Supreme Court says police need warrant for GPS tracking

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“A majority of the court acknowledged that advancing technology, like cellphone tracking, gives the government unprecedented ability to collect, store and analyze an enormous amount of information about our private lives,” he said, adding that Congress needs to “address the problem as well.”

Jim Pasco, executive director of the Fraternal Order of Police, said, “Obviously, we’re disappointed.”

“What law enforcement officers across the country are going to have to do is continue to be as innovative and proactive as possible in doing their jobs within the framework of the Supreme Court decision.”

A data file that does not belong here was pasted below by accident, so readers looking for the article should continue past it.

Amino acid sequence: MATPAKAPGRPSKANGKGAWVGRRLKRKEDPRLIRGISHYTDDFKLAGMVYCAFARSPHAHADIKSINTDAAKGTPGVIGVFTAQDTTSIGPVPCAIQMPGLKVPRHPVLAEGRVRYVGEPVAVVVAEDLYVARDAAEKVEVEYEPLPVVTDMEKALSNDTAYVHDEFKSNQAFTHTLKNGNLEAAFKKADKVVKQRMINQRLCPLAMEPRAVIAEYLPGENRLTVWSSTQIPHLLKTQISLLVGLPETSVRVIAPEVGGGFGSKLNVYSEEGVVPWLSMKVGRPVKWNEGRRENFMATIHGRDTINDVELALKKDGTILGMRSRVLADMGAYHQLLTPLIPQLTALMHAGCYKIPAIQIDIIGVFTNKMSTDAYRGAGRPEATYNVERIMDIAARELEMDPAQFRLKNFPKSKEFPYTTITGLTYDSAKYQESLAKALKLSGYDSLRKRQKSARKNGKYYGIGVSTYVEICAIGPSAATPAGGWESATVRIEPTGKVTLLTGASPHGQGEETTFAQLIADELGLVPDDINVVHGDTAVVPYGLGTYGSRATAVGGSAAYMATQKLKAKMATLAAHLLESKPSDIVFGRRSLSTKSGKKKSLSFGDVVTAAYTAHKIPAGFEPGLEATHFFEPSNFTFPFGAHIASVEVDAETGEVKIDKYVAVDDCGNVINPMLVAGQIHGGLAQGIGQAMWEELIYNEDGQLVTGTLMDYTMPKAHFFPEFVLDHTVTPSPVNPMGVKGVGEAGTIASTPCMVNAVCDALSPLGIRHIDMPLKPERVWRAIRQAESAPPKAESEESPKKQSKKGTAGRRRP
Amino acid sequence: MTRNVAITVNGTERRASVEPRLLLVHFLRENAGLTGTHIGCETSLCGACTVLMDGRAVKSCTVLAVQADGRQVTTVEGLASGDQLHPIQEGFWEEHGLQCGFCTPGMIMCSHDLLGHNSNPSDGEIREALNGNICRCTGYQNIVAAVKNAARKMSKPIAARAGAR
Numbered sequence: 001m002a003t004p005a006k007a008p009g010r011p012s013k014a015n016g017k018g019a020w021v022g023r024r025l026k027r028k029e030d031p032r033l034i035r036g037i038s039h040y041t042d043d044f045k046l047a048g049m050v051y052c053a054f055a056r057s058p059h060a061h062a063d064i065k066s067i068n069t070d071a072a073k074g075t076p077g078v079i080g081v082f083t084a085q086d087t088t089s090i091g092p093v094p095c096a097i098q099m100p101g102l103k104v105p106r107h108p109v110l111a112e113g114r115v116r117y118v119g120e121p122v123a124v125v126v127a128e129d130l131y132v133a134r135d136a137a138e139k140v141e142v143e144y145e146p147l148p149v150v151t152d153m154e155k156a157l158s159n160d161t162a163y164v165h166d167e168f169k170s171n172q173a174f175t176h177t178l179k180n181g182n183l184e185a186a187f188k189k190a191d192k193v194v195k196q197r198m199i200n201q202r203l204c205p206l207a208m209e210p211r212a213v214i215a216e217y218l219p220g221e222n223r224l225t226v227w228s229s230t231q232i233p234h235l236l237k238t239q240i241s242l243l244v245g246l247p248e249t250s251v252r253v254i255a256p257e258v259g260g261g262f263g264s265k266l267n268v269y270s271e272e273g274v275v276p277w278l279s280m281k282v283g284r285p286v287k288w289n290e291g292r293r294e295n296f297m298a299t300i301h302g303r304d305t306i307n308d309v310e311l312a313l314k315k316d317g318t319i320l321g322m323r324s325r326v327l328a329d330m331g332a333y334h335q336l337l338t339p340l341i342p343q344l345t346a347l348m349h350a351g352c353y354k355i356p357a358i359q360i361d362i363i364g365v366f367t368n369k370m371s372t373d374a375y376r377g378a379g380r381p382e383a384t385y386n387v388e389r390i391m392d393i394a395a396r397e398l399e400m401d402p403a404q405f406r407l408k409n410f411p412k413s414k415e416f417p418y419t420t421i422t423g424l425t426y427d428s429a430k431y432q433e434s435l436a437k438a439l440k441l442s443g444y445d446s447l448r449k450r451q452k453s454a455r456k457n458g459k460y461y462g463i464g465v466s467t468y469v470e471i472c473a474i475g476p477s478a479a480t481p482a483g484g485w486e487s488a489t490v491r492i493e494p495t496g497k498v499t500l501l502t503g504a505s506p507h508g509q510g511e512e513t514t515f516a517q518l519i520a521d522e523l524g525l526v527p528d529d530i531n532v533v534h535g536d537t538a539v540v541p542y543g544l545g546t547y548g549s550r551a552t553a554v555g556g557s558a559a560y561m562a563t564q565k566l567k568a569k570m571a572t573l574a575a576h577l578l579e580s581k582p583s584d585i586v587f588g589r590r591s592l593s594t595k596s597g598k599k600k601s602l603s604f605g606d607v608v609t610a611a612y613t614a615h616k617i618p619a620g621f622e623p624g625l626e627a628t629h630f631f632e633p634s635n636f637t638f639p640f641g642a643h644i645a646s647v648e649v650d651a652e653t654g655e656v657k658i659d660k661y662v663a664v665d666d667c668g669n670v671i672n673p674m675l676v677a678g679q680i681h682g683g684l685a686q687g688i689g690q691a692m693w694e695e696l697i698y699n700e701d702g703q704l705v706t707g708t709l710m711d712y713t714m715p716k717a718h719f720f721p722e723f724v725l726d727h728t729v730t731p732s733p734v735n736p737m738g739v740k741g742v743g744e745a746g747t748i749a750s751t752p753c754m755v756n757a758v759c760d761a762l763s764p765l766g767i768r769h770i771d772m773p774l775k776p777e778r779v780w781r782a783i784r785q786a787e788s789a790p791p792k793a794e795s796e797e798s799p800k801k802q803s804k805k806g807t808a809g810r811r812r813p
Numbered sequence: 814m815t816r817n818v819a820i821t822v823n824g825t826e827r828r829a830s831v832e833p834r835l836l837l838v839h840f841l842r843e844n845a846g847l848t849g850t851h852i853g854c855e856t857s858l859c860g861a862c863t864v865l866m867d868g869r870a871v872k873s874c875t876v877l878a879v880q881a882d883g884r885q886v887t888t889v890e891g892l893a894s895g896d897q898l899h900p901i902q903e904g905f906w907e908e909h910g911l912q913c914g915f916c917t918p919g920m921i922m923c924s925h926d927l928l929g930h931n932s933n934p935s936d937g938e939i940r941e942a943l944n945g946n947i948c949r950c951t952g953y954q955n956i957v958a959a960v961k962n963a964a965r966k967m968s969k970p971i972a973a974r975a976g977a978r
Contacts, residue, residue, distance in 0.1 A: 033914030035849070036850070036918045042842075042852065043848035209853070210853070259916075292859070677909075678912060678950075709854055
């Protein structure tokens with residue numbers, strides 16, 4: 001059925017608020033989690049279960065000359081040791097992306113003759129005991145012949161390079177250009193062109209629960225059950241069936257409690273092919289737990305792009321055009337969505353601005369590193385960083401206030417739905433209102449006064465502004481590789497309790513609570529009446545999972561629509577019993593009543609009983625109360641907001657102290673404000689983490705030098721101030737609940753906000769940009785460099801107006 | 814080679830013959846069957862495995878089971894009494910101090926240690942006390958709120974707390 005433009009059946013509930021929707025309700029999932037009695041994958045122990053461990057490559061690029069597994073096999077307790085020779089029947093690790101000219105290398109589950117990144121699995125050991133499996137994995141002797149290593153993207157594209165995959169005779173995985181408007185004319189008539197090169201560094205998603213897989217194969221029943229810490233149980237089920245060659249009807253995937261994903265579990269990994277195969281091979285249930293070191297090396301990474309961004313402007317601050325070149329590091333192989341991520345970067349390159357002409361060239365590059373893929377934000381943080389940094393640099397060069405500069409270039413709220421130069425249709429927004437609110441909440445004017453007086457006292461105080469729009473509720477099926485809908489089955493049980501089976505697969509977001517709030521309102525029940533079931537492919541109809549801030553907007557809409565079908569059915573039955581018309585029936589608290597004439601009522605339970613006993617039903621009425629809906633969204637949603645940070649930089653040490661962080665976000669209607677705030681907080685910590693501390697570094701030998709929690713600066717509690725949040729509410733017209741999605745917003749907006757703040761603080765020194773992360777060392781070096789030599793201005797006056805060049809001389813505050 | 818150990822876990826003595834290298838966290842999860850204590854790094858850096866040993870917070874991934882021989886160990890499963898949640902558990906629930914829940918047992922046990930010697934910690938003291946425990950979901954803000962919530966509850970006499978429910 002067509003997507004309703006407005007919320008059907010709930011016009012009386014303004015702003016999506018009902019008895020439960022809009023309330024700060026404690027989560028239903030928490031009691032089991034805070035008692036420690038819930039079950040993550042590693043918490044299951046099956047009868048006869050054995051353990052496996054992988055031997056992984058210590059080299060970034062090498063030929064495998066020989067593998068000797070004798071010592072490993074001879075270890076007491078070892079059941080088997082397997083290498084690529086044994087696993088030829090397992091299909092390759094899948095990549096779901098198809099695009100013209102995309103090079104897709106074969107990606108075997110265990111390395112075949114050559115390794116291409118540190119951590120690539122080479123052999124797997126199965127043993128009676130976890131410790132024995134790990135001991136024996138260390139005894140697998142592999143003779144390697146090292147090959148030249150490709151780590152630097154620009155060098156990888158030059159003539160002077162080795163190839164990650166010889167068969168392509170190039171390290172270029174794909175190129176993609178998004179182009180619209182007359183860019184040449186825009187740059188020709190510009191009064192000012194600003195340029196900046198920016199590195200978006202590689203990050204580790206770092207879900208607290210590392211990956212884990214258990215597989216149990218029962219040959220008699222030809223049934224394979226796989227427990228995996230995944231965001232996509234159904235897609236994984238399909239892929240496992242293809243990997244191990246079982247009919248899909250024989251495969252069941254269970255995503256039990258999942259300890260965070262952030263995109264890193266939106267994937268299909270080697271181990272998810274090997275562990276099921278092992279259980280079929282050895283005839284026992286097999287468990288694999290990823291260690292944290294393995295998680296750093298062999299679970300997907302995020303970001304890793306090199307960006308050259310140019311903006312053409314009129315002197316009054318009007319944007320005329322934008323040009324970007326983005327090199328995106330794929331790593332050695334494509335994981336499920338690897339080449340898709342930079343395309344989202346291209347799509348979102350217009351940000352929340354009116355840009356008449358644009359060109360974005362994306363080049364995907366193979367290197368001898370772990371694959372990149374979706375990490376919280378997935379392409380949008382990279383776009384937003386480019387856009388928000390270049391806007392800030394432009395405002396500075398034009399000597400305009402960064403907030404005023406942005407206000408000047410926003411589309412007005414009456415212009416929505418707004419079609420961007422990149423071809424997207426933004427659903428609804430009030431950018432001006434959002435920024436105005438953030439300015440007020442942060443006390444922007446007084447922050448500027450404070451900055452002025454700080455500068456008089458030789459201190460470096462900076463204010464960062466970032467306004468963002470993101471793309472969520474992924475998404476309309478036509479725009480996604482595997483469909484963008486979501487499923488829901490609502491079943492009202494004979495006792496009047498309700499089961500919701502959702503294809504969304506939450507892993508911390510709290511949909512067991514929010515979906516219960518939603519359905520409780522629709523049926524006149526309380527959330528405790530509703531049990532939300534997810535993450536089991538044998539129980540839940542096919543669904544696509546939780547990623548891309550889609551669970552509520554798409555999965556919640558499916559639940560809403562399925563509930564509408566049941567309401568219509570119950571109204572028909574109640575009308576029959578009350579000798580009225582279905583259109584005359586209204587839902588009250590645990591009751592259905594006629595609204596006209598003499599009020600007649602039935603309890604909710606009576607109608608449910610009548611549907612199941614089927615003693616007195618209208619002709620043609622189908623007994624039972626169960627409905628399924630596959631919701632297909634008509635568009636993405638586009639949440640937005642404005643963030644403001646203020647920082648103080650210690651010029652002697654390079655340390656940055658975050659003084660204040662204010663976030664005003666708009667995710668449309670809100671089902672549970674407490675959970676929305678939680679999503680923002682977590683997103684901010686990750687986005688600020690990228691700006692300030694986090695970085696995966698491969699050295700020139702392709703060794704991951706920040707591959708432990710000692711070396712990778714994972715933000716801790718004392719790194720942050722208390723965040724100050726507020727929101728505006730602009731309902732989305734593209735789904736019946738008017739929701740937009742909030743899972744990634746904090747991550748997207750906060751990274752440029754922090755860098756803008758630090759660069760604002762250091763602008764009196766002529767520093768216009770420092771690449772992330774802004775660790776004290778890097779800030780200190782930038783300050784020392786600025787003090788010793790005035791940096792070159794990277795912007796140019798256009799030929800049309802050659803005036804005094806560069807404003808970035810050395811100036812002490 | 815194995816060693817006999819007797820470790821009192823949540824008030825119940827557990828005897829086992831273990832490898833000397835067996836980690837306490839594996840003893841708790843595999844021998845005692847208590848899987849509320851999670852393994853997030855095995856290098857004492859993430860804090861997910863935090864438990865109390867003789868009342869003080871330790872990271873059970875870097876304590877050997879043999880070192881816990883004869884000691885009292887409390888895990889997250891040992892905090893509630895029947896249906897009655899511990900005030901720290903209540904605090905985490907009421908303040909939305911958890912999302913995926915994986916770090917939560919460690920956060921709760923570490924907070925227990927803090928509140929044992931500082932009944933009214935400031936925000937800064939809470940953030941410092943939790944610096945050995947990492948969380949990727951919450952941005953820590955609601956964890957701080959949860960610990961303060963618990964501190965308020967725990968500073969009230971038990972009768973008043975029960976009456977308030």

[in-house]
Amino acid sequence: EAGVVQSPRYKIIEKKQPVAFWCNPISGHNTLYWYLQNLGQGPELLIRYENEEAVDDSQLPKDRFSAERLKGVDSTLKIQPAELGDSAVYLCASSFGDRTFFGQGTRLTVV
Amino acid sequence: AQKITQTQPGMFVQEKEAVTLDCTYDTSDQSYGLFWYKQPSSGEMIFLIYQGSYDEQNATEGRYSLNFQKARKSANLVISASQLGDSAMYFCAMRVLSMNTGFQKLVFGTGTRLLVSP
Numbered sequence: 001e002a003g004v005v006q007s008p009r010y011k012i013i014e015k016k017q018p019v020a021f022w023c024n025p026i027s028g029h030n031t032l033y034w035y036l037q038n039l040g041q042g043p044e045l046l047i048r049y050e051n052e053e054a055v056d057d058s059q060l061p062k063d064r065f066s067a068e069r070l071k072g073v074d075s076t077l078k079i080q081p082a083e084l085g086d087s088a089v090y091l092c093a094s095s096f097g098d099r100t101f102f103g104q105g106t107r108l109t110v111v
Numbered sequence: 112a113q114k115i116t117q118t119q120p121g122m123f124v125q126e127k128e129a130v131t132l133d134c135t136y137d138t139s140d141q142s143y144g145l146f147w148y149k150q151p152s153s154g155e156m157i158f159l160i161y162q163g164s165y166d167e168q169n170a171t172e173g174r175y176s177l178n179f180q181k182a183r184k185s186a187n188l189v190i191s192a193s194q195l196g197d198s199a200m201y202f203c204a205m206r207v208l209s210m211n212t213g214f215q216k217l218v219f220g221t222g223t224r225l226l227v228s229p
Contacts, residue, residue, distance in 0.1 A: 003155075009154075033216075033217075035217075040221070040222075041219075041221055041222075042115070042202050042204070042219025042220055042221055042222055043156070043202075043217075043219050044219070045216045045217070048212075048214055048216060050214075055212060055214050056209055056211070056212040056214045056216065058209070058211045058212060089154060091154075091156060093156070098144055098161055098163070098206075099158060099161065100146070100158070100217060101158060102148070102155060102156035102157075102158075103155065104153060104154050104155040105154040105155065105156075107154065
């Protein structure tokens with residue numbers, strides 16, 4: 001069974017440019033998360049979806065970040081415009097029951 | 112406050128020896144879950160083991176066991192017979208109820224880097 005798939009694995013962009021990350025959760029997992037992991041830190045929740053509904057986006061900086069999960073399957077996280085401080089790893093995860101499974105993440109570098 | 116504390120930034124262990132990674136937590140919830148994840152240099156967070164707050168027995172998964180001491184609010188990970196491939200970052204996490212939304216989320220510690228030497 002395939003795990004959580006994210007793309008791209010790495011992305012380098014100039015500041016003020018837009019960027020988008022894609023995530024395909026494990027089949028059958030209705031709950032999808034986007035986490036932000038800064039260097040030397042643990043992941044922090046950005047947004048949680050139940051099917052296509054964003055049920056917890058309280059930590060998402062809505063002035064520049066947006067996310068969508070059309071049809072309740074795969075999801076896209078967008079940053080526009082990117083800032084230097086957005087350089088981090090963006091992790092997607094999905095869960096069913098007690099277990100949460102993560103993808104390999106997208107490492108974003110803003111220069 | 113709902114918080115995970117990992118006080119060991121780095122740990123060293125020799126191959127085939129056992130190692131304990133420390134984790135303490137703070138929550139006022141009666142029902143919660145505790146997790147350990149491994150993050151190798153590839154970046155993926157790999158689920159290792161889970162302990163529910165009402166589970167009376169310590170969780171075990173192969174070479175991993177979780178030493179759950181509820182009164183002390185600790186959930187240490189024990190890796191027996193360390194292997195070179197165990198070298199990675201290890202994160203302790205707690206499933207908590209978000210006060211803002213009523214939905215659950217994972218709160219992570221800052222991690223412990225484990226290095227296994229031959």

Sen. Patrick J. Leahy, Vermont Democrat, who chairs the Senate Judiciary Committee, said the decision “highlights the many new privacy threats posed by new technologies and the pressing need to update our federal privacy laws.”

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